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Review: 'Bruno' no 'Borat' but still outrageous

  • Story Highlights
  • "Bruno" is Sacha Baron Cohen's new film; he plays gay fashionista
  • Film attempts to show homophobia but in some cases pushes too hard
  • Still, last scene makes it worth it, says reviewer Tom Charity
By Tom Charity
Special to CNN
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(CNN) -- Achtung, baby!

Sacha Baron Cohen stars as a flamboyant Austrian fashionista in "Bruno."

Sacha Baron Cohen stars as a flamboyant Austrian fashionista in "Bruno."

There's a British theory that everything sounds funnier delivered with a Teutonic accent. That's tested to the limit in Sacha Baron Cohen's newest provocation, "Bruno," but it's not what comes out of his mouth that makes the Austrian fashionista such a handful.

The man in the tight yellow lederhosen knows that in our visually overstimulated culture, a picture is vorth a thousand vords. More if there's significant skin involved -- and he's happy to show us his wurst.

Cohen seems to believe that prudery is the enemy. Certainly, bad taste is his Trojan horse. An early montage of romantic coupling, Bruno-style, is enough to get tongues wagging -- or clucking in disapproval. It's the closest thing to gay porn most heterosexuals will see this side of "300."

Either way, Cohen's laughing: Properly managed, outrage is a useful marketing tool, as "Borat" showed.

Apparently permanently airbrushed right down to his backside, Bruno looks nothing like his hirsute Kazakh cousin, but the men share an ego; they're equally insensitive to other people and oblivious to notions of social decorum and the politically correct.

And they both invest heavily in the American Dream. Bruno hungers after fame as hungrily as Borat lusted for Pamela Anderson.

After a brief prologue in Europe -- and the distressing revelation of the vacuity of the fashion scene -- he sets out for Los Angeles, determined to become Austria's "biggest superstar since Hitler."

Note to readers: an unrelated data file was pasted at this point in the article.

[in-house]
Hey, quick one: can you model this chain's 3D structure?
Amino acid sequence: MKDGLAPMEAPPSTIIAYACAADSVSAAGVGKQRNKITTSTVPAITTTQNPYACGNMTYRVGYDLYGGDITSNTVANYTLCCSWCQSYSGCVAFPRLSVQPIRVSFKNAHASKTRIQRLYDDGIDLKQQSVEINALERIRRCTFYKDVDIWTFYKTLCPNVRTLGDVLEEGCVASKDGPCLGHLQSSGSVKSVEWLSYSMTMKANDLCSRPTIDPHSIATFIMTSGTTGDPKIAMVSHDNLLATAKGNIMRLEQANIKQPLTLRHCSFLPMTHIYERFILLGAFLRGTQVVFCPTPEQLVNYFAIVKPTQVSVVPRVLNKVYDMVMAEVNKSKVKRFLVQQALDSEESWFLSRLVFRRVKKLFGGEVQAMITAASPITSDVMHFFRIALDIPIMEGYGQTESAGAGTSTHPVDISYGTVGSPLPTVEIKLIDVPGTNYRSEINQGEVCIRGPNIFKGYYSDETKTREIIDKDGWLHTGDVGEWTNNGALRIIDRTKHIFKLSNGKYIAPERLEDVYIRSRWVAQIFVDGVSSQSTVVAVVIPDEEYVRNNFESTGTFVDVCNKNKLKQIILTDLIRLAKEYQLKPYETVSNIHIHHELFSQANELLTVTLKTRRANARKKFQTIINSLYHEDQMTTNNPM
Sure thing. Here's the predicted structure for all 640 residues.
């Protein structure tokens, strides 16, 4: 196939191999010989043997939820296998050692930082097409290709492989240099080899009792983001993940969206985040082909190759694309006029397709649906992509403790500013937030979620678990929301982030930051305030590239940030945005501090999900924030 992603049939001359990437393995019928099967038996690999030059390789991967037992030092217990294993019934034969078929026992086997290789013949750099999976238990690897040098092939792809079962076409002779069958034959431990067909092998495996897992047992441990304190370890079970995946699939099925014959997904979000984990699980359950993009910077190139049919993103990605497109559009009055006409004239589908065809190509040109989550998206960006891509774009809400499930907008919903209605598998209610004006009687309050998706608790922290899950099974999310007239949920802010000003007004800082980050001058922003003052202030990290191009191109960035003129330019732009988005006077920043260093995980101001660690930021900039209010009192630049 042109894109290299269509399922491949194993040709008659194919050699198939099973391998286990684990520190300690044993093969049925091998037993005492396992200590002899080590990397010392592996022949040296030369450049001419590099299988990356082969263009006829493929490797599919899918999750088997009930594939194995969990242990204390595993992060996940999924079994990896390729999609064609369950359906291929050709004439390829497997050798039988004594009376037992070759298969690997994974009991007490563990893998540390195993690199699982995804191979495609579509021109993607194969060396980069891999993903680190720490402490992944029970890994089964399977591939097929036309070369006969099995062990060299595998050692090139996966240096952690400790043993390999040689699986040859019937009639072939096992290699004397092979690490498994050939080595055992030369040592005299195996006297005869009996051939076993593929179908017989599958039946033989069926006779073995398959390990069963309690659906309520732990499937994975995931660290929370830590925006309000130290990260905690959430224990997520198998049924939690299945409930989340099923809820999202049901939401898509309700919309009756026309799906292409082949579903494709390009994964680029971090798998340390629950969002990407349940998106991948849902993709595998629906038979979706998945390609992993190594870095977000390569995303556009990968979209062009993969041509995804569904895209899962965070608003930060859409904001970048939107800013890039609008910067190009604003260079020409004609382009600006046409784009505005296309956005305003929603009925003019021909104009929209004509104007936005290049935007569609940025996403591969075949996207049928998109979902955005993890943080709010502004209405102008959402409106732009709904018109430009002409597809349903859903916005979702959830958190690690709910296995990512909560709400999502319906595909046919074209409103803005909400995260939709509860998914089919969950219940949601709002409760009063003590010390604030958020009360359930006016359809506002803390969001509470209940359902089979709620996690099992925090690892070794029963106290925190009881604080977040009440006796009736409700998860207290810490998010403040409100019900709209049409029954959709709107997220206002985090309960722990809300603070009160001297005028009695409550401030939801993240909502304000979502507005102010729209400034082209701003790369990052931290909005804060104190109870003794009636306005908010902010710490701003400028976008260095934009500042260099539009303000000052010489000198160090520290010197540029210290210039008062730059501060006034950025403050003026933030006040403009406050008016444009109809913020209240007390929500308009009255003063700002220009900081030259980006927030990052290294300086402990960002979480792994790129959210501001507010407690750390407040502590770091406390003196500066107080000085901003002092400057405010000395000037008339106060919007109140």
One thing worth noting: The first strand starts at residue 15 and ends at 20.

Perhaps inspired by another Cohen creation, Ali G, he sets out to make a celebrity interview show -- but sadly, the only dupes ignorant enough to participate are "American Idol" judges (Paula Abdul chats about her philanthropic pursuits while perched on the back of an immigrant laborer) and presidential candidates (take a bow, Ron Paul).

It's not just about the scarcity of the guests, though. Bruno doesn't draw them out the way Borat did. Quite the opposite: Mostly they're wary and guarded, or downright hostile -- and understandably so, often enough, given Bruno's shock tactics.

Yes, it's funny seeing him fire up a predominantly African-American TV studio audience by announcing that his "adopted" black baby is named O.J., but still, the scene tells us more about Cohen's need to provoke than about the crowd's supposed homophobia.

The same goes for his brief stint in a U.S. Army training facility. The actor's quick wit and virtuoso physical comedy skills carry the day, but just as Bruno is forced to abandon one dead-end celebrity scheme after another, the movie too seems to be casting about haphazardly for some real comic traction.

Evidently it's not easy testing taboos in 2009.

Wherever Bruno turns, he seems to be following in someone else's footsteps. Peace talks in Israel (what Bruno calls "Middle Earth")? Morgan Spurlock has been there, done that. Camping out with the gun lobby? Michael Moore, "Bowling for Columbine." Gay conversion? Didn't director Larry Charles go there with Bill Maher just last year in "Religulous"?

Meanwhile, Bruno's love-hate relationship with his assistant, Lutz (Gustaf Hammarsten), only highlights how similar the new film's few narrative pegs are to "Borat."

Some sketches do hit much closer to home. A series of interviews with stage moms and dads who eagerly sign up their infants to work with hornets, wasps, dead or dying animals, antiquated heavy machinery and sundry toxic substances is a real jaw-dropper, though the kicker is tempered by Bruno's behavior.

And, to its credit, the film saves the best for last. In a show-stopping climax (which I don't propose to spoil here) Cohen puts it all on the line and definitively nails gay-bashers where it hurts: right between the eyes. "Bruno" vs. Borat": Preview audience weighs in

It's an elaborate -- and brave -- stunt by which Bruno ultimately achieves the fame he craves. And it does more than enough to validate the film's fast and loose play with stereotypes and questionable undercover tactics. "Bruno" has its problems, but the finale makes it a winner.

"Bruno" is rated R and runs 83 minutes. For Entertainment Weekly's review, click here.

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